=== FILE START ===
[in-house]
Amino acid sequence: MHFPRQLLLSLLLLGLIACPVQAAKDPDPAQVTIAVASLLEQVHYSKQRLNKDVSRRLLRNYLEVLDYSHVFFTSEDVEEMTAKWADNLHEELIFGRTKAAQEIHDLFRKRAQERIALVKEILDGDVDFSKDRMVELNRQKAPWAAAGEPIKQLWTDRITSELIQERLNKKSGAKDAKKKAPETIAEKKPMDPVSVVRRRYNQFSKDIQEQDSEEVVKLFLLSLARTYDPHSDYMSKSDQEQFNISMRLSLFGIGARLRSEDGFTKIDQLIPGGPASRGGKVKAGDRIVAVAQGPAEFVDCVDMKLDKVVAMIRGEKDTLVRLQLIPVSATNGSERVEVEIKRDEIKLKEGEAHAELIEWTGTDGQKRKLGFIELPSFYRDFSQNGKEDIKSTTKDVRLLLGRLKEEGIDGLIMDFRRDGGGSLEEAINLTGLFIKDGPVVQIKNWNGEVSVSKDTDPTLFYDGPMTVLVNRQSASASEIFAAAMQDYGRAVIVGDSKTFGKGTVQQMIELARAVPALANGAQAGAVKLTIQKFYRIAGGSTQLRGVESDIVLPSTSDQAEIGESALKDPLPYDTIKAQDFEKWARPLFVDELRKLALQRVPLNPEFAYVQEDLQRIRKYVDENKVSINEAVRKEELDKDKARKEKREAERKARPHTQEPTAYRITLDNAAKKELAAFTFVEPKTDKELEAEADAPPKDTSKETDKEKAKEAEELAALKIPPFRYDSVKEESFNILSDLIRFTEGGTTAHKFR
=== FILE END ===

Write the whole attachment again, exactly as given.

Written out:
[in-house]
Amino acid sequence: MHFPRQLLLSLLLLGLIACPVQAAKDPDPAQVTIAVASLLEQVHYSKQRLNKDVSRRLLRNYLEVLDYSHVFFTSEDVEEMTAKWADNLHEELIFGRTKAAQEIHDLFRKRAQERIALVKEILDGDVDFSKDRMVELNRQKAPWAAAGEPIKQLWTDRITSELIQERLNKKSGAKDAKKKAPETIAEKKPMDPVSVVRRRYNQFSKDIQEQDSEEVVKLFLLSLARTYDPHSDYMSKSDQEQFNISMRLSLFGIGARLRSEDGFTKIDQLIPGGPASRGGKVKAGDRIVAVAQGPAEFVDCVDMKLDKVVAMIRGEKDTLVRLQLIPVSATNGSERVEVEIKRDEIKLKEGEAHAELIEWTGTDGQKRKLGFIELPSFYRDFSQNGKEDIKSTTKDVRLLLGRLKEEGIDGLIMDFRRDGGGSLEEAINLTGLFIKDGPVVQIKNWNGEVSVSKDTDPTLFYDGPMTVLVNRQSASASEIFAAAMQDYGRAVIVGDSKTFGKGTVQQMIELARAVPALANGAQAGAVKLTIQKFYRIAGGSTQLRGVESDIVLPSTSDQAEIGESALKDPLPYDTIKAQDFEKWARPLFVDELRKLALQRVPLNPEFAYVQEDLQRIRKYVDENKVSINEAVRKEELDKDKARKEKREAERKARPHTQEPTAYRITLDNAAKKELAAFTFVEPKTDKELEAEADAPPKDTSKETDKEKAKEAEELAALKIPPFRYDSVKEESFNILSDLIRFTEGGTTAHKFR